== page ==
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Friday 20 September 2019

Woman accused of fraud over ‘German heiress’ ruse

Anna Sorokin faces several charges in New York after she allegedly posed as a millionaire to mingle in celebrity circles.

Anna Sorokin (AP)
Anna Sorokin (AP)

By Michael R Sisak

A 28-year-old woman who claimed to be a German heiress, mixing in celebrity circles and living a jet-set lifestyle, is due to face charges in New York over claims she swindled hundreds of thousands of dollars.

Prosecutors claim Anna Sorokin conned friends, banks and hotels for a taste of the high life.

The Manhattan district attorney’s office alleged she lived in luxury New York City hotel rooms she could not afford, promised a friend an all-expenses-paid trip to Morocco before leaving her with the 62,000 dollar (£47,000) bill, and peddled bogus bank statements in a quest for a 22 million dollar (£16 million) loan.

On Wednesday, the one-time darling of the Big Apple social scene is scheduled to stand trial on grand larceny and theft of services charges alleging she swindled 275,000 dollars (£208,000) in a 10-month odyssey that saw her jetting to Omaha and Marrakesh before landing in a cell at Rikers Island prison.

After Sorokin’s arrest in 2017, prosecutor Catherine McCaw said: “Her overall scheme has been to claim to be a wealthy German heiress with approximately 60 million dollars in funds being held abroad.

“She’s born in Russia and has not a cent to her name as far as we can determine.”

Sorokin’s lawyer, Todd Spodek, said at a hearing last month that Sorokin is “presumed innocent and never intended to commit a larceny”.

The 28-year-old, who has been held in jail since her arrest, faces deportation to Germany regardless of the outcome of the trial because authorities say she overstayed her visa.

Her story, however, may stick around. Shonda Rhimes, the force behind TV shows Grey’s Anatomy and Scandal, has announced she is creating a series about Sorokin, whose Instagram bio says: “Soon on Netflix”.

She's born in Russia and has not a cent to her name as far as we can determine. Prosecutor Catherine McCaw

Sorokin arrived in a world of champagne and caviar in 2016 with a new name (Anna Delvey) and an expensive wardrobe. She made a show of proving she belonged, passing 100 dollar bills to Uber drivers and hotel concierges as tips, but she gave varying accounts for the source of her wealth, according to people who knew her.

At different times, they said, she would claim her father was a diplomat, an oil baron or a solar panel entrepreneur. In reality, her father told New York magazine, he is a former trucker who runs a heating-and-cooling business.

At first, people around Sorokin did not see a red flag when she asked them to put cabs and plane fares on their credit cards, telling them she had trouble moving her assets from Europe. Many laughed it off as forgetfulness when they had to hound her to pay them back.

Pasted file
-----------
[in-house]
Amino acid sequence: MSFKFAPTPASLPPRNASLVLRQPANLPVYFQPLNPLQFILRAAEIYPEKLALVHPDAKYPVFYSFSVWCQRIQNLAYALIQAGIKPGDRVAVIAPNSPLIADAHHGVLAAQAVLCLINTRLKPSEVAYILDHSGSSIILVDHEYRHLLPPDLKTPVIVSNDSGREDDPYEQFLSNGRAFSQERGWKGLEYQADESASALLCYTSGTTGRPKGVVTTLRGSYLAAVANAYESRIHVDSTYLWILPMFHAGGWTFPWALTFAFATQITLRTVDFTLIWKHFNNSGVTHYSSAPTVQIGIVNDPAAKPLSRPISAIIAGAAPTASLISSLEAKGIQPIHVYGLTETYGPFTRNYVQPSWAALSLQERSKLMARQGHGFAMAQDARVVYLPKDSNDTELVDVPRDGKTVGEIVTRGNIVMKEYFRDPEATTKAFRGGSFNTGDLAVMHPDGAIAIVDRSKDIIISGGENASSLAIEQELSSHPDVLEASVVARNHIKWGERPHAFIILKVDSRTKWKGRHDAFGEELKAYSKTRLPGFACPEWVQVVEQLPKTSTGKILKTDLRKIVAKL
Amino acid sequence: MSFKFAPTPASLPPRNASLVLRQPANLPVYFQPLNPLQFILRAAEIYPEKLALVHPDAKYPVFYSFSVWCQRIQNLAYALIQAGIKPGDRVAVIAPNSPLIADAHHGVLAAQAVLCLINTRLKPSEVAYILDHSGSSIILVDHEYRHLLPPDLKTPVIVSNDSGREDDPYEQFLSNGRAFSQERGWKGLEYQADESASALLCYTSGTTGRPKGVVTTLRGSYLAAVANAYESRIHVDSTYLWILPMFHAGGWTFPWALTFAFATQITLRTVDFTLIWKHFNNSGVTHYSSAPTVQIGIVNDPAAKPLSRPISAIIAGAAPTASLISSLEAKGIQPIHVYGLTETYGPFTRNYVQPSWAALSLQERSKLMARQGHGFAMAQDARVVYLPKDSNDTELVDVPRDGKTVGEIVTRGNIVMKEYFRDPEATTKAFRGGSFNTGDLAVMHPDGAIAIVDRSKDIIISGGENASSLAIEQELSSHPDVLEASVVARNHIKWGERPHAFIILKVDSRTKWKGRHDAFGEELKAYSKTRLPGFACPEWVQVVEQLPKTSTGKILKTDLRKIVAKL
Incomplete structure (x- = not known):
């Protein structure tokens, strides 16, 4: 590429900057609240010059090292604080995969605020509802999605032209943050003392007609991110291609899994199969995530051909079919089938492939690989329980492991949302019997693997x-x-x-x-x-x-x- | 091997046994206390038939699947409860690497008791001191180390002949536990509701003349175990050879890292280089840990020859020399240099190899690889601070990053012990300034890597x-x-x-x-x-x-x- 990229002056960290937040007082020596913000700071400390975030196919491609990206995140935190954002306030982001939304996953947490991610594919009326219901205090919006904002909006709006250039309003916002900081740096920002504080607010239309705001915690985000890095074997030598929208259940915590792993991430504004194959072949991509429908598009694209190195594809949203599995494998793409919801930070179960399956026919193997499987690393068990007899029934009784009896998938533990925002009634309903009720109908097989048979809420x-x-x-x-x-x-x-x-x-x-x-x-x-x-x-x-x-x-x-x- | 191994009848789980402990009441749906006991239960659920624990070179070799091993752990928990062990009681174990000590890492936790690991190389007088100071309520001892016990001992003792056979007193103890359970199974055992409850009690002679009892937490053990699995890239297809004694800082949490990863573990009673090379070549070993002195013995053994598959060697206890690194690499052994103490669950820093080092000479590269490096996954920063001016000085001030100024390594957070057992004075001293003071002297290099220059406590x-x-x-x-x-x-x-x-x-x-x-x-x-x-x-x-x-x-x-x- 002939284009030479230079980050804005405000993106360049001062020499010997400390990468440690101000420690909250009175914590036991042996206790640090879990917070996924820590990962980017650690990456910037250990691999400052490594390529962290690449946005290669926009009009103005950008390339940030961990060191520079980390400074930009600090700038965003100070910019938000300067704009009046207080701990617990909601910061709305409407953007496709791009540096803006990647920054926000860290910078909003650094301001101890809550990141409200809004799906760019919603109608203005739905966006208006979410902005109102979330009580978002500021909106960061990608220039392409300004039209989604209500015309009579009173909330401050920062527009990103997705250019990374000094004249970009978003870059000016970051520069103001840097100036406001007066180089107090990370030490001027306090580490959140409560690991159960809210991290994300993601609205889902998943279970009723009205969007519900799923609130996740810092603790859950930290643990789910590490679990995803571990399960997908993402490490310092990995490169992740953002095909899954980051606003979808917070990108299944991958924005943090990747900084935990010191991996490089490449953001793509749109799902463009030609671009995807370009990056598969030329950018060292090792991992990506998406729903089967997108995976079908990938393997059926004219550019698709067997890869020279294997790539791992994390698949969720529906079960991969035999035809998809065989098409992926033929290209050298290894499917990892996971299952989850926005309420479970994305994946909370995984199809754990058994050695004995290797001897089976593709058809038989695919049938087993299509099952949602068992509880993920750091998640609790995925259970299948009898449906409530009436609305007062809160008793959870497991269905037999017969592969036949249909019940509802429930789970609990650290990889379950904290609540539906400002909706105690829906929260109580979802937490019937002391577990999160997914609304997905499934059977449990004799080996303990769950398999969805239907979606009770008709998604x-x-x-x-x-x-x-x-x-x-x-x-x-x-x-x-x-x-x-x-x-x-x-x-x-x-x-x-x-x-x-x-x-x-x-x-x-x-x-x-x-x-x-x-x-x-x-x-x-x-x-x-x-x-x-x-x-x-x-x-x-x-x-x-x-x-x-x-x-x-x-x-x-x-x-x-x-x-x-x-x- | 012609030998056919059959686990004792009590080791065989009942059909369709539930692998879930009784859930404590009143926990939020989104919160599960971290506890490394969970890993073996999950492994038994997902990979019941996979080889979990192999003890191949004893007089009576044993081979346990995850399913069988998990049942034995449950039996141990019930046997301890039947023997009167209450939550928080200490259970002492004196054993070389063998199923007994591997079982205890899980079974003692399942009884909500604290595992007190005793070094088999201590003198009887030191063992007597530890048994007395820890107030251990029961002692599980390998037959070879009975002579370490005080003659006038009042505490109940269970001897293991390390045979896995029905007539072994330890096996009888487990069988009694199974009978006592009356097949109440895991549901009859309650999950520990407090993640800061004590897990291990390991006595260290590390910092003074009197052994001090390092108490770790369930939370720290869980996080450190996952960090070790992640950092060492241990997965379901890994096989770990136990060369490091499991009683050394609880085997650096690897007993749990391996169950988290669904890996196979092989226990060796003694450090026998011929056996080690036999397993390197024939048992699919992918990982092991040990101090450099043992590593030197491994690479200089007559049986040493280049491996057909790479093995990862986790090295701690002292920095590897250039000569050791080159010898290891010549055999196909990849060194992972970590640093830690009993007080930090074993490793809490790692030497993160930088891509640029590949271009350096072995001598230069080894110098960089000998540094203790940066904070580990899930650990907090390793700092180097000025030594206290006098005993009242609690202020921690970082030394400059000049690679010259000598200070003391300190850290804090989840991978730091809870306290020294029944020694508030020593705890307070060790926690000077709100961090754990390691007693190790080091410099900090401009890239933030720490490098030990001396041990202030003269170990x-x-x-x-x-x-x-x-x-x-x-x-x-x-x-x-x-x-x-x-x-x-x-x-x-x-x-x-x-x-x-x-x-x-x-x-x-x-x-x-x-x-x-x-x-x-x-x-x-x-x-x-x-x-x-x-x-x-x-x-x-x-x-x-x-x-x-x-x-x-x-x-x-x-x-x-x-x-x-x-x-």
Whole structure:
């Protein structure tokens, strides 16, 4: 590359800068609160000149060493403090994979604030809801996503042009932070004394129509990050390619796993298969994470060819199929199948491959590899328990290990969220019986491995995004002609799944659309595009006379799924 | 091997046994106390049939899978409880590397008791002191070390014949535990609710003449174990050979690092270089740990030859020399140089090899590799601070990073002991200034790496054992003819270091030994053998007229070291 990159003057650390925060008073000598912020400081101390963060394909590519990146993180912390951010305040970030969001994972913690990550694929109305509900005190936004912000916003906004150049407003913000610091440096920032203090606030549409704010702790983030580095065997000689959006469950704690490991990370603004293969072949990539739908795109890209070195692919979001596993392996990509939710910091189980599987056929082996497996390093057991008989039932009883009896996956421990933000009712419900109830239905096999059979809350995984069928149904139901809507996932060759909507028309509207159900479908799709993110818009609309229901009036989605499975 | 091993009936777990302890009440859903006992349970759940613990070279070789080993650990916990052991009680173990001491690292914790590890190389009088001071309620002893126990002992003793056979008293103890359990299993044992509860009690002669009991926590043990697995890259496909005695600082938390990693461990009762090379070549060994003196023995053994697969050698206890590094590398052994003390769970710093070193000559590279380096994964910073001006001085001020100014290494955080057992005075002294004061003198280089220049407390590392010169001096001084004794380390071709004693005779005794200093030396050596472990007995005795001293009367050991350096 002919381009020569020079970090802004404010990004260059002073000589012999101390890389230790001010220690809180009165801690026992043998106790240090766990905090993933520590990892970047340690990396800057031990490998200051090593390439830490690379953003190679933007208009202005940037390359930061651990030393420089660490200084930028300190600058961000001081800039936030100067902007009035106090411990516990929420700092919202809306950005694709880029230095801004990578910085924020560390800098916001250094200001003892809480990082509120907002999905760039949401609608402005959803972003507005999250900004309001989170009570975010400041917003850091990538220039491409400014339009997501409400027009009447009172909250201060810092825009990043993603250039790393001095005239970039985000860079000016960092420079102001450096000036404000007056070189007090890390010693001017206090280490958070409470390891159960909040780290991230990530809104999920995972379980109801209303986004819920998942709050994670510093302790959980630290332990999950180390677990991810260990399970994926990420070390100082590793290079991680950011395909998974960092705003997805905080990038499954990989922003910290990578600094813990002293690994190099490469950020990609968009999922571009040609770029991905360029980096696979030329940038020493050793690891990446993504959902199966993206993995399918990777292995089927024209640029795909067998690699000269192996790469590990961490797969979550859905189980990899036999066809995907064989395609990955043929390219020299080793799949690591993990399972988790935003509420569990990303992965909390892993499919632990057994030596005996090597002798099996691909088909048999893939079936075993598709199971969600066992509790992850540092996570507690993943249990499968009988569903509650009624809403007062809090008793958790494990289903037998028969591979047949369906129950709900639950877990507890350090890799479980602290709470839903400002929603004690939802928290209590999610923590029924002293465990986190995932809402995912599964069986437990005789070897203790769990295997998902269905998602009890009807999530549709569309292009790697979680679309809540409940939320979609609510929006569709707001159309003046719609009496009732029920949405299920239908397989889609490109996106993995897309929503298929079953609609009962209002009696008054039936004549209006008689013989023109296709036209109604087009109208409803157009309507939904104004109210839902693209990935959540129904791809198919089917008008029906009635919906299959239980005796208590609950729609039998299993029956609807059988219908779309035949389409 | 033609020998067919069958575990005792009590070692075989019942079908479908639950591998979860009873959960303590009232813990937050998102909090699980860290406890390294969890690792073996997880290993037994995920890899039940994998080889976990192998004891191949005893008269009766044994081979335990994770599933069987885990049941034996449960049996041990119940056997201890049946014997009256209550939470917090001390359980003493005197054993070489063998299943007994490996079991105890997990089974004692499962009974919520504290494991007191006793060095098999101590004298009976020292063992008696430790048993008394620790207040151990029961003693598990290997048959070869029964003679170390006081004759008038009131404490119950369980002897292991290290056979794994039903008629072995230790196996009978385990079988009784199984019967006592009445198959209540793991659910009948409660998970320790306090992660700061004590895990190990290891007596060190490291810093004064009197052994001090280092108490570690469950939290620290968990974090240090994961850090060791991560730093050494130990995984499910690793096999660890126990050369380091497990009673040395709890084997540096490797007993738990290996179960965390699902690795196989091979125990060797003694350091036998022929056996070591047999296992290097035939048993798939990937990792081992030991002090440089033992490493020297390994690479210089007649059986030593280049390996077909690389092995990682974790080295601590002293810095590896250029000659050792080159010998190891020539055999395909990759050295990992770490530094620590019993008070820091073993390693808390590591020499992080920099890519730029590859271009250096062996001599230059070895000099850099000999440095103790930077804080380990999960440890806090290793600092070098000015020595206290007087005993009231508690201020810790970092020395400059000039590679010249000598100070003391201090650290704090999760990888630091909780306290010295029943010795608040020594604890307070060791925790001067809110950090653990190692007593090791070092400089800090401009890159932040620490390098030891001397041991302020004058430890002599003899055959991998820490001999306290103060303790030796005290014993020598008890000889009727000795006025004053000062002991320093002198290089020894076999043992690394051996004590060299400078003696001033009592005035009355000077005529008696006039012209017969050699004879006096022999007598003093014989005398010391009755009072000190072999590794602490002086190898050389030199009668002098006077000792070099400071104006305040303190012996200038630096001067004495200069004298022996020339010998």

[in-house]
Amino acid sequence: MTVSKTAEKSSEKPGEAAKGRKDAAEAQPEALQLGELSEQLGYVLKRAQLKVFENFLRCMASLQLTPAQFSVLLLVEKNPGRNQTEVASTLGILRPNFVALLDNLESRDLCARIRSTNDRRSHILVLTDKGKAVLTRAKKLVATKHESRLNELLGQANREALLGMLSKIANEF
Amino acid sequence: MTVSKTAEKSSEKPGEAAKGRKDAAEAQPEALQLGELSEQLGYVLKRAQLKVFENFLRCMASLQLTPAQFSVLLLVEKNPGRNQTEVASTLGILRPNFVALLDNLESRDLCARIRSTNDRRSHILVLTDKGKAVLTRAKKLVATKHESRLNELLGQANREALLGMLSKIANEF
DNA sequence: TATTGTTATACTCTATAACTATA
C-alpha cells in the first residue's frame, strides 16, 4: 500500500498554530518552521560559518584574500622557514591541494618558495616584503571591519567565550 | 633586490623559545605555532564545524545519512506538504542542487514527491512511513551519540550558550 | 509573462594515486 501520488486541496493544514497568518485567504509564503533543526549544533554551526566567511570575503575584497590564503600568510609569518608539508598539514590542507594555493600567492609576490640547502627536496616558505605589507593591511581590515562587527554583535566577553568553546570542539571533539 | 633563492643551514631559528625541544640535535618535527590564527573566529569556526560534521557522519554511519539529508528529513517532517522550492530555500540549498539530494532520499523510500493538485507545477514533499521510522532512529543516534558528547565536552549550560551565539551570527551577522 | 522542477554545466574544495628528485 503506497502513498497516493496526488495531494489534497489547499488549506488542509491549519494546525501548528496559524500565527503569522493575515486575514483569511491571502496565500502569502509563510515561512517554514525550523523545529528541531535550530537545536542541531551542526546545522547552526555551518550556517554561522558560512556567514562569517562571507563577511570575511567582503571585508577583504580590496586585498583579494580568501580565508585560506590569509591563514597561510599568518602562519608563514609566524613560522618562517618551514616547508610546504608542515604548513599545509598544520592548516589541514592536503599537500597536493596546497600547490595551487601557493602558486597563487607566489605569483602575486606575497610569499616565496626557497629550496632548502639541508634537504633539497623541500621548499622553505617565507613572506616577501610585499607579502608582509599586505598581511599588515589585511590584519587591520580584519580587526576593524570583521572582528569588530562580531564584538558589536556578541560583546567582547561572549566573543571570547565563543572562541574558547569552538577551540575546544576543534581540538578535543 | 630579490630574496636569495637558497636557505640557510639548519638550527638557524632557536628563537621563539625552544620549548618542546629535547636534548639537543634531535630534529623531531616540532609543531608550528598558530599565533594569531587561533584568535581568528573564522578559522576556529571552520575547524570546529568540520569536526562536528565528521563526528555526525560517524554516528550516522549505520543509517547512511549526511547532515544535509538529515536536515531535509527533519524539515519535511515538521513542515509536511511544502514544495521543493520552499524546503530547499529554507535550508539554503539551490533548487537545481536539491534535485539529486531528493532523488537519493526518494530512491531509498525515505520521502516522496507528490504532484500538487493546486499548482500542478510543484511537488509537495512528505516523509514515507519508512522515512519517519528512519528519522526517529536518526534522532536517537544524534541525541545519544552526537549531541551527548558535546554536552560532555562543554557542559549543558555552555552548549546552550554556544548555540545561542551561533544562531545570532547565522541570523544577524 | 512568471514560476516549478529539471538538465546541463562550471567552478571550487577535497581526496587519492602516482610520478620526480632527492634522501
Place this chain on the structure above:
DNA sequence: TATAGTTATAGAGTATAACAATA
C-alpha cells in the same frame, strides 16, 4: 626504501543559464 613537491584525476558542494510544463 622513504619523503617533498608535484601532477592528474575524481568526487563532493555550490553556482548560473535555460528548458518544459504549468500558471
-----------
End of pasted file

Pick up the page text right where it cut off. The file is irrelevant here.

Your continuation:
“It was a magic trick,” Rachel Williams, her friend from the Morocco trip, wrote in Vanity Fair.

“I’m embarrassed to say that I was one of the props, and the audience, too. Anna’s was a beautiful dream of New York, like one of those nights that never seems to end. And then the bill arrives.”

As she ingratiated herself in the New York party scene, prosecutors said, Sorokin started talking up plans to spend tens of millions of dollars building a private arts club with exhibitions, installations and pop-up shops. She thought about calling it the Anna Delvey Foundation.

Sorokin kept up the heiress ruse as she went looking for a 22 million dollar loan for the club in November 2016, prosecutors said. She claimed the loan would be secured by a letter of credit from UBS in Switzerland and showed statements purporting to substantiate her assets, according to an outline of the charges.

One bank rejected Sorokin because she “did not have sufficient cash flow to make loan payments”, prosecutors said. It is alleged that she bailed on another firm when it pressured her for a meeting with a UBS banker who could verify her assets.

During the process, prosecutors said, Sorokin convinced one bank to lend her 100,000 dollars (£76,000) to cover due diligence costs. It is alleged she ended up keeping 55,000 dollars (£41,000) and “frittered away these funds on personal expenses in about one month’s time”.

A few months later, in May 2017, Sorokin allegedly chartered a plane to and from the Berkshire Hathaway shareholders meeting in Omaha, Nebraska, but never paid the 35,400 dollar (£27,000) bill.

Broke and facing a big bill at a Manhattan hotel in July 2017, Sorokin pleaded with a police officer that a bailout was on the way, prosecutors said.

According to court documents, Sorokin said: “I have no money and no credit cards. I’m waiting for my aunt from Germany. She’s going to pay.

“I’m not trying to run. Why are you making a big deal about this? Give me five minutes and I can get a friend to pay.”

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